Chemical Skin Peel
Is It Right for You?
Superficial and medium peels require repeated treatments -- as often as every six weeks (for light peels) and two to three months (for medium peels). A deep peel may only be performed once. Deep peels may not be used on darker skin types because they tend to bleach the skin, though light-skinned people may also experience the same effect.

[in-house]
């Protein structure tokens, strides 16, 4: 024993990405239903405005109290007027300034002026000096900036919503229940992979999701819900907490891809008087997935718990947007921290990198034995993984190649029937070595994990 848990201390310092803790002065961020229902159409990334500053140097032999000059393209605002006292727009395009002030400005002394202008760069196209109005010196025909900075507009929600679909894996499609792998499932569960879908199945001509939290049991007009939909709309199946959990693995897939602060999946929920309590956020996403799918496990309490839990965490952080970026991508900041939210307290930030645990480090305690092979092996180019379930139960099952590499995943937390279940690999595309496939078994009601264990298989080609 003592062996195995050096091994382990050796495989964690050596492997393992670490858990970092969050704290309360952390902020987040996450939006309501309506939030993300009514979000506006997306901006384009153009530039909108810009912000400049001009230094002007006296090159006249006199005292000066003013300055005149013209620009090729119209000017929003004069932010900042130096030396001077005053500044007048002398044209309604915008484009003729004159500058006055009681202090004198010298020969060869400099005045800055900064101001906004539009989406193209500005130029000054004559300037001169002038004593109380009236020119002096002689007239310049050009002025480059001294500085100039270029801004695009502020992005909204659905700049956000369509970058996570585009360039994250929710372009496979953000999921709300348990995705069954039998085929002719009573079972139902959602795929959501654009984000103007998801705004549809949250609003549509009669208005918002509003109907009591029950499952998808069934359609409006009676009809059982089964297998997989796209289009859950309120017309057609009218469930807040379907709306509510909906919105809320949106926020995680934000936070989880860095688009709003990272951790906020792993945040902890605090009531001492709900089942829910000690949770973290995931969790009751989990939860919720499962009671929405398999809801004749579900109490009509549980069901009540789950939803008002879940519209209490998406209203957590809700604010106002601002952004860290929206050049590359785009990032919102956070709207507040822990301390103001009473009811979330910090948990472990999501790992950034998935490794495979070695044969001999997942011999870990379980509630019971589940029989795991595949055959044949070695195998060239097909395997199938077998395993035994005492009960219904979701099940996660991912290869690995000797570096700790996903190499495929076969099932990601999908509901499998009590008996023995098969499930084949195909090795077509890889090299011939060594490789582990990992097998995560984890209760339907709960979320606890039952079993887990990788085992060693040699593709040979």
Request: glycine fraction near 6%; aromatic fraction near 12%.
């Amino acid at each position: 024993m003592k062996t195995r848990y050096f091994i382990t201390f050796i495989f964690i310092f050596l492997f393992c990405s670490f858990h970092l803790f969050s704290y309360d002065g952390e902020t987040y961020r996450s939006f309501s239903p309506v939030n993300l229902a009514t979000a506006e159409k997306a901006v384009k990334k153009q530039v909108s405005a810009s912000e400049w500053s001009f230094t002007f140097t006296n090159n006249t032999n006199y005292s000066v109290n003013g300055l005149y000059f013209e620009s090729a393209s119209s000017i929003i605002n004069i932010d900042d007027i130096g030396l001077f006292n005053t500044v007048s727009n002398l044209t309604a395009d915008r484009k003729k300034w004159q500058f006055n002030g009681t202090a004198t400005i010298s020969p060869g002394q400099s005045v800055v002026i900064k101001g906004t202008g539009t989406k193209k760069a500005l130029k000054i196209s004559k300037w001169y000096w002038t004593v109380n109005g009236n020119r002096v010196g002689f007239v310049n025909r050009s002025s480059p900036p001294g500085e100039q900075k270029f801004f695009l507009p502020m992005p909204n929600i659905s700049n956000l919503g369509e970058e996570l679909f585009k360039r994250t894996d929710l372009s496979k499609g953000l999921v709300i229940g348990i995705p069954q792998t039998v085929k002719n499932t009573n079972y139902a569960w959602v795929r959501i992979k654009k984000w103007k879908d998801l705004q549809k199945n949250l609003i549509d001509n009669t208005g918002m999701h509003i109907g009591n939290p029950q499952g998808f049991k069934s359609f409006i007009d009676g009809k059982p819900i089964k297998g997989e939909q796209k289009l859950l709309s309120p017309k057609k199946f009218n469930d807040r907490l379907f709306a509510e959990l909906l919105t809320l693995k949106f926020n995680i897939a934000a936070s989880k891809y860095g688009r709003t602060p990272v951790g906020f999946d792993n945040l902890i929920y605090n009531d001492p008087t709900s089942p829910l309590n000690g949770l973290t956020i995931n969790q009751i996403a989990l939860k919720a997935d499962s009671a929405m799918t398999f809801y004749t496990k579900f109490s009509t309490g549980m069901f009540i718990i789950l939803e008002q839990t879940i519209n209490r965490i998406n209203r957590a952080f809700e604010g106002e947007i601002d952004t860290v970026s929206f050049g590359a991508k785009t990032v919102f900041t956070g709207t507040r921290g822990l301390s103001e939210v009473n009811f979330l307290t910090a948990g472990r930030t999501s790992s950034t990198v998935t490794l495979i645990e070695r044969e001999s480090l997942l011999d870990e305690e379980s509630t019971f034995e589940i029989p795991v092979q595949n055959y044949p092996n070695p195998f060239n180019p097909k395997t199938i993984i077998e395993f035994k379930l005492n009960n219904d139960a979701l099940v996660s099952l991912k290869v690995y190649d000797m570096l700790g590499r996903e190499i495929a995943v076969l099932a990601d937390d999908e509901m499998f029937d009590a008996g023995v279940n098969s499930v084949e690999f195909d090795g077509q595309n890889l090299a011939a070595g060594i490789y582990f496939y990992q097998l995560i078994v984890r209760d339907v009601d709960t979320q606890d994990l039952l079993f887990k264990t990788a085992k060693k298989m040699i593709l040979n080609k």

Chemical peels are considered safe and effective in the hands of a skilled practitioner. In some states, no medical degree is required to perform a chemical peel. Be sure to find a practitioner with adequate training and experience in skin resurfacing. Because of its seriousness, the American Society for Aesthetic Plastic Surgery recommends that deep peels be performed under the direction of a qualified physician. It is also important to note that all chemical peels carry some uncertainty and risks. These include (but are not limited to): redness lasting several weeks to months; color changes in the skin; crusting and scaling; swelling; scarring; and allergic reaction to the chemical. Though rare, deep peels using phenol may result in severe complications during the procedure, including heart, liver, or kidney failure. Discuss these and other health issues with your doctor.